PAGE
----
No big league manager will ever get five years to build a team again – especially at Chelsea – but these are resourceful and intelligent players and the picture can change very quickly
It might sound like heresy given the unrelenting solipsism of the José-centred universe, but the most striking moment at Stamford Bridge on Wednesday night had little to do with Chelsea or Mourinho. It was instead the spectacle of Basel's players in the moment of victory, a well-grooved team taking genuine pleasure in a performance of craft and unstinting energy. There were shrieks and hugs and even a low-key on-spec bundle near the touchline. Basel are in effect a kind of anti-Chelsea, a team that sets their sights on achieving beyond the sum of their parts, and for whom continuity and internal coherence are vital. They played very well, as they have previously against Manchester United and Tottenham, and Chelsea came up against a team that was ready for them, as they had at Everton (where in fairness they might also have been 4-0 up by half-time). Basel and Everton deserve some credit but it would surely be more worrying for football generally if Mourinho were able to stride back into Stamford Bridge, take a squad that he clearly feels is lacking and simply start winning every week from a standing start. Football remains relentlessly competitive, and still resistant to being pushed around. This may or may not end up as a crisis for Chelsea. But it is also a sign of wider footballing health.
The eggs business: yes, Chelsea's average age against Basel was 28, with a combined 693 international caps between them plus every single major prize it is possible to win in football. But what Mourinho meant by his post-match comments was that his squad lacks certain qualities – assertiveness and drive – which explains in part the eagerness to sign Wayne Rooney, who might have provided this kind of bolt-on, big-ego physicality. Against this, football is not a computer game and even Chelsea are allowed a little margin for uncertainty. The match against Basel was Marco van Ginkel's third for the club. It was Samuel Eto'o's second and Willian's debut. There were plenty – not least in these pages – who were quick to ridicule the amount of money paid for Didier Drogba in the opening weeks of Mourinho's first spell in charge. No big league manager will ever get five years to build a team again – at Chelsea you'd better be getting somewhere by mid-November – but these are resourceful and intelligent players and the picture can change very quickly.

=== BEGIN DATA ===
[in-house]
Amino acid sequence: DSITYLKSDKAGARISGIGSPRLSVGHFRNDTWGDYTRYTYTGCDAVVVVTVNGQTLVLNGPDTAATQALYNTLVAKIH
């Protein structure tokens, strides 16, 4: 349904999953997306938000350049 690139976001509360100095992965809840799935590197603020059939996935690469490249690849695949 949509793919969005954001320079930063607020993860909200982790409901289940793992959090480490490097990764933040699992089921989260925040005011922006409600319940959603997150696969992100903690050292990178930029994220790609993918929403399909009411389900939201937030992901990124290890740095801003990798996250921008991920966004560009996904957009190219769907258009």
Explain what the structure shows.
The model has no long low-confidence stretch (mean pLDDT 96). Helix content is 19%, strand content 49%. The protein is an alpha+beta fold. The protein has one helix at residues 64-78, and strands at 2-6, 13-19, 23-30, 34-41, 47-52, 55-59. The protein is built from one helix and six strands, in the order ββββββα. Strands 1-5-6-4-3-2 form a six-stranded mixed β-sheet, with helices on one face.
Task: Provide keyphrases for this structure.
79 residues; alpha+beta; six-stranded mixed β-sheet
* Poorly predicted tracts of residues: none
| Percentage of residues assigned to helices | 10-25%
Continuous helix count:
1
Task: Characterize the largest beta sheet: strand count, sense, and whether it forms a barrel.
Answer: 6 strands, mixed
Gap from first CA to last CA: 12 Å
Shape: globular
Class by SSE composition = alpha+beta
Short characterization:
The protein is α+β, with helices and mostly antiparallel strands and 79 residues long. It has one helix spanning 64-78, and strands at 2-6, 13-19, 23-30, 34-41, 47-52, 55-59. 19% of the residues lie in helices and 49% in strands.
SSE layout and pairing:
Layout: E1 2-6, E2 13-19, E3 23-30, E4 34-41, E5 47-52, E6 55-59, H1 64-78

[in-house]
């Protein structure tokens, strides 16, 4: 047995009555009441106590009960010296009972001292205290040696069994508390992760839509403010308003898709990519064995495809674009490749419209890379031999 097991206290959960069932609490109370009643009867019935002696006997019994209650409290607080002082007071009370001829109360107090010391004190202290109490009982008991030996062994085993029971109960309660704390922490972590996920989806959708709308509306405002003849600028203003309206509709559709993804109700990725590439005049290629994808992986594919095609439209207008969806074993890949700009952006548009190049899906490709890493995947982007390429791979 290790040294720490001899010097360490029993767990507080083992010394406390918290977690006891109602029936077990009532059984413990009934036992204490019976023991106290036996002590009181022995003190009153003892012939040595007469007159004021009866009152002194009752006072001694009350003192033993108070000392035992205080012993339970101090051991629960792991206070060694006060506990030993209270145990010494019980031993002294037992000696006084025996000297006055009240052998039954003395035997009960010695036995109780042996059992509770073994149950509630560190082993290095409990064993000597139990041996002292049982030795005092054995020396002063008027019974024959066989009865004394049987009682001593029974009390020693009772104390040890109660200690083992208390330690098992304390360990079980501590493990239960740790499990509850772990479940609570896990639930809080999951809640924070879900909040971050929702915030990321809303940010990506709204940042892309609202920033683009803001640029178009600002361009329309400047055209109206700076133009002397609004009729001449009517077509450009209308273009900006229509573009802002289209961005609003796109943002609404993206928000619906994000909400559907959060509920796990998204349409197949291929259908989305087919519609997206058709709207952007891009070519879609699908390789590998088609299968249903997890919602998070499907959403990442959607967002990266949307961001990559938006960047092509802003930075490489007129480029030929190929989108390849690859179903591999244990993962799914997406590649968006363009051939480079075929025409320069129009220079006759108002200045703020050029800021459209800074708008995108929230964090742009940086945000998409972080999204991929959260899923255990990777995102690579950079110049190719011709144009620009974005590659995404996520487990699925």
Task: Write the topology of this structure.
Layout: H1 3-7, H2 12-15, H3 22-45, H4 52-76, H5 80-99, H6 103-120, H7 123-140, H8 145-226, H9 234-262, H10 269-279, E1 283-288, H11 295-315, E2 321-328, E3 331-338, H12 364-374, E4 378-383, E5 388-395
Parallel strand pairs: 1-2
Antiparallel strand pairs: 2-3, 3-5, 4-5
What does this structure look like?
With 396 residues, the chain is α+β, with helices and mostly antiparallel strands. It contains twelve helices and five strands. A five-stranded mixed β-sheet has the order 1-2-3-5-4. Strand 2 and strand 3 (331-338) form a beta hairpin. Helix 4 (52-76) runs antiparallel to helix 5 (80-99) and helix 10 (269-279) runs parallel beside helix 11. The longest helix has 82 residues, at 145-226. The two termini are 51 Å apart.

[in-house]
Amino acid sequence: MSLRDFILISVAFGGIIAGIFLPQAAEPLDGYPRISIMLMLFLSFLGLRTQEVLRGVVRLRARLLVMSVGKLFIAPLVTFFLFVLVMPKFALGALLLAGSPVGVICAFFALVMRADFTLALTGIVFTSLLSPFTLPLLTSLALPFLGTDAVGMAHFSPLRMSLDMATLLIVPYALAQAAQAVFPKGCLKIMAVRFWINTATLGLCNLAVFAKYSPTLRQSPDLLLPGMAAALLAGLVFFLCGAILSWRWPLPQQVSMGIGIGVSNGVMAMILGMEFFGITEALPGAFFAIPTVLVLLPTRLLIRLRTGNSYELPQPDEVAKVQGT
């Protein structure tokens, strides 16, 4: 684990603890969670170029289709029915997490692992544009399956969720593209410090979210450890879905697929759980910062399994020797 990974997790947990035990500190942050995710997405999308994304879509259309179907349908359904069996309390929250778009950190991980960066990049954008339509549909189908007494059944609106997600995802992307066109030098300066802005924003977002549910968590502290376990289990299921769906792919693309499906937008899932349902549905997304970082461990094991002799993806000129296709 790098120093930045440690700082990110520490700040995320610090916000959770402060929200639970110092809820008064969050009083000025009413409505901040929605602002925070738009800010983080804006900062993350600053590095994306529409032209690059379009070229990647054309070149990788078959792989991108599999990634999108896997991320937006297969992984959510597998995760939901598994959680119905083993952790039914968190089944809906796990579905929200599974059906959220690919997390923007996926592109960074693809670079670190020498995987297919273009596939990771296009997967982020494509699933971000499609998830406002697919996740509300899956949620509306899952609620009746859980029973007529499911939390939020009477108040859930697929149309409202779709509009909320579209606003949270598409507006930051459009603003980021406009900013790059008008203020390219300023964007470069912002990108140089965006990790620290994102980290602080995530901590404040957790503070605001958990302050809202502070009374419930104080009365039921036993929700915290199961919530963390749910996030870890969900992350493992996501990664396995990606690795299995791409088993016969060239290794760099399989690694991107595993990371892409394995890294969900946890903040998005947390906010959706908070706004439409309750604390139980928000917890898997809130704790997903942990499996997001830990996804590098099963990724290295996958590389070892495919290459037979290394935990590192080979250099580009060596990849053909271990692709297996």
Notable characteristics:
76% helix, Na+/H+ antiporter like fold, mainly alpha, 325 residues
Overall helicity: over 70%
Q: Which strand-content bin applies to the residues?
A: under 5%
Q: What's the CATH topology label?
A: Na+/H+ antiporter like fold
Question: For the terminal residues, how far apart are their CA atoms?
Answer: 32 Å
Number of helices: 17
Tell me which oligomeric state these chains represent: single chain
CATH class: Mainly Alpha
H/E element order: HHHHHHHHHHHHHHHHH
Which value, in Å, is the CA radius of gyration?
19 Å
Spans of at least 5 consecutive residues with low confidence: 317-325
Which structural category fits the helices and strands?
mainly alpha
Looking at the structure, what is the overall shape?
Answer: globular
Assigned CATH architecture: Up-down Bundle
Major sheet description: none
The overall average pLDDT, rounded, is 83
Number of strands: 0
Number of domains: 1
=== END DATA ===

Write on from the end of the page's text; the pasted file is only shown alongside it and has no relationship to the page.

There are those who say the problems run deeper, that Mourinho has a systemic flaw as a manager, a failure to embrace a more creative way of playing, basing his team's attacking patterns around rigid and outmoded tactical notions. But for Mourinho this has always been a business not of footballing principle but of wrangling results, a succession of big moments that make up a season (at the end of which he generally gets to lift up at least one large piece of metal). He likes proper strikers and Chelsea will not give up on the idea of buying one. Romelu Lukaku remains on the staff, but that ship, a little bafflingly, would appear to have sailed for now. They will instead try to buy a go-to, big-money, scruff-of-the-neck centre-forward, probably in January transfer window.
In the aftermath of consecutive defeats it is easy to cast Chelsea's squad as unbalanced. But the fact is squads are always unbalanced. Manchester City lack central defenders. Manchester United – whose midfield looks pretty decent suddenly – lack midfielders. Arsenal's inability to stop winning right now is clearly an affront against nature, given their basic lack of pretty much everything. Barcelona have been short of a great hairy beast of a centre-half and an old-fashioned target man for at least a decade now, absences which have no doubt taken the shine off their many glorious successes over the same period. And so Chelsea have too many soft-shoed attacking midfielders for their own good. They're downing in guile, the presence of Juan Mata, Oscar, Eden Hazard, André Schürrle, Kevin De Bruyne, Willian and – oh, go on then – Josh McEachran not just excessive, but a most unMourinho-like descent into prettiness at the expense of something more muscular. And yet despite this many of these terribly unbalanced squads are going to end up winning trophies this season. Chelsea's squad is still very strong. The challenge is simply to locate and manage its limits and its strengths.
It is worth remembering the one man who seemed to see the defeat by Basel coming was Mourinho himself. There is perhaps an indicator here, having diagnosed a pre-existing weakness, of how quickly Mourinho might be able to adapt and learn. The standard division of opinion on Chelsea's manager would have it that he's either a bold brush, personality-driven footballing genius or a kind of bullying chancer, a footballing Simon Cowell with no real fine-point methodology beyond a scrabble for self-aggrandising victory. As ever the truth is probably somewhere in the middle. Mourinho has always adapted. His first Chelsea team had plenty of variation, from the attacking élan of Robben-Duff to the occasional defensive smothering. Mourinho's Internazionale beat Barcelona and then Bayern playing two very different ways. And beyond the bluster and the celebrified babble, a talented manager is faced with a period of trial and adaptation. This is not a crisis: it is simply football. It will be fascinating to watch.